Continue Reading

  • A Brief Introduction to NewsgamesCan video games be used to tell the news?

    When the Financial Times released The Uber Game in 2017, the game immediately gained widespread popularity with more than 360,000 visits, rising up the ranks as the paper’s most popular interactive piece of the year. David Blood, the game’s lead developer, said that the average time spent on the page was about 20 minutes, which was substantially longer than what most Financial Times interactives tend to receive, according to Blood. The Uber Game was so successful that the Financial...

    Continue Reading

  • With the 25th CAR Conference upon us, let’s recall the first oneWhen the Web was young, data journalism pioneers gathered in Raleigh

    For a few days in October 1993, if you were interested in journalism and technology, Raleigh, North Carolina was the place you had to be. The first Computer-Assisted Reporting Conference offered by Investigative Reporters & Editors brought more than 400 journalists to Raleigh for 3½ days of panels, demos and hands-on lessons in how to use computers to find stories in data. That seminal event will be commemorated this week at the 25th CAR Conference, which...

    Continue Reading

  • Prototyping Augmented Reality

    Something that really frustrates me is that, while I’m excited about the potential AR has for storytelling, I don’t feel like I have really great AR experiences that I can point people to. We know that AR is great for taking a selfie with a Pikachu and it’s pretty good at measuring spaces (as long as your room is really well lit and your phone is fully charged) but beyond that, we’re really still figuring...

    Continue Reading

  • Capturing the Soundfield: Recording Ambisonics for VR

    When building experiences in virtual reality we’re confronted with the challenge of mimicking how sounds hit us in the real world from all directions. One useful tool for us to attempt this mimicry is called a soundfield microphone. We tested one of these microphones to explore how audio plays into building immersive experiences for virtual reality. Approaching ambisonics with the soundfield microphone has become popular in development for VR particularly for 360 videos. With it,...

    Continue Reading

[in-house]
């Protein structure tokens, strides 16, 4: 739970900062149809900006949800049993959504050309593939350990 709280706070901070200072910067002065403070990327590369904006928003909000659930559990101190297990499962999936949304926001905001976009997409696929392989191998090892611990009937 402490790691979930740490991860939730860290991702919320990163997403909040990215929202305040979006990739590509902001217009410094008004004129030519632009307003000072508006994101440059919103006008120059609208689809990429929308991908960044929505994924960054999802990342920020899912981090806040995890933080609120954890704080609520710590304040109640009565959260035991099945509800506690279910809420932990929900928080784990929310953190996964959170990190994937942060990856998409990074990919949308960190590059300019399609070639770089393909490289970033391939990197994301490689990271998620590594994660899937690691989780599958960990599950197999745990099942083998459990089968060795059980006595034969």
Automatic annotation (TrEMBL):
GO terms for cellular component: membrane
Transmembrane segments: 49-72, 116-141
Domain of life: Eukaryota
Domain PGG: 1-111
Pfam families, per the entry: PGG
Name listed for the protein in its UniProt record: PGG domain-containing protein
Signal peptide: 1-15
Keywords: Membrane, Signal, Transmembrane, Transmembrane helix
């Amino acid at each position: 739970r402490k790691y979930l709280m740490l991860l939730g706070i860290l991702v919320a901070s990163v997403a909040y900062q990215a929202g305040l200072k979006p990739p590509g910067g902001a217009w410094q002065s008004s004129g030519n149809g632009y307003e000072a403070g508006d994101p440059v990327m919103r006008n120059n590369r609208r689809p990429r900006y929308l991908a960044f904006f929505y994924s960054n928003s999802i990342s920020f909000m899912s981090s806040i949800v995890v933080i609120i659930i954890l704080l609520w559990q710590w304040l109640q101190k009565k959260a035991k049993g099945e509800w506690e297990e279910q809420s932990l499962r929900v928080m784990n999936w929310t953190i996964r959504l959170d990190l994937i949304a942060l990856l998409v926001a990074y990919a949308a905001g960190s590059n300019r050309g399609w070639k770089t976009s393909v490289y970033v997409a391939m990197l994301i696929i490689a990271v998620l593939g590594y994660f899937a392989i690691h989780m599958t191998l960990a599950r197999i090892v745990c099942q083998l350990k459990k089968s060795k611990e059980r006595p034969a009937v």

• Audience Engagement and Onboarding with Hearken Auditing the News Resurrecting History for VR Civic Engagement with City Bureau Automated Fact Checking Conversational Interface for News Creative Co-Author Crowdsourcing for Journalism Environmental Reporting with Sensors Augmented Reality Visualizations Exploring Data Visualization in VR Fact Flow Storytelling with GIFs Historical Census Data Information Spaces in AR/VR Contrasting Forms Of Interactive 3D Storytelling Interactive Audio Juxtapose Legislator Tracker Storytelling with Augmented Reality Music Magazine Navigating Virtual Reality Open Data Reporter Oscillations Personalize My Story Photo Bingo Photojournalism in 3D for VR and Beyond Podcast Discoverability Privacy Mirror Projection Mapping ProPublica Illinois Rethinking Election Coverage SensorGrid API and Dashboard Sidebar Smarter News Exploring Software Defined Radio Story for You Storyline: Charts that tell stories. Storytelling Layers on 360 Video Talking to Data Visual Recipes Watch Me Work Writing and Designing for Chatbots
  • Prototyping Spatial Audio for Movement Art

    One of Oscillations’ technical goals for this quarter’s Knight Lab Studio class was an exploration of spatial audio. Spatial audio is sound that exists in three dimensions. It is a perfect complement to 360 video, because sound sources can be localized to certain parts of the video. Oscillations is especially interested in using spatial audio to enhance the neuroscientific principles of audiovisual synchrony that they aim to emphasize in their productions. Existing work in spatial......

    Continue Reading

Storytelling Tools

We build easy-to-use tools that can help you tell better stories.

View More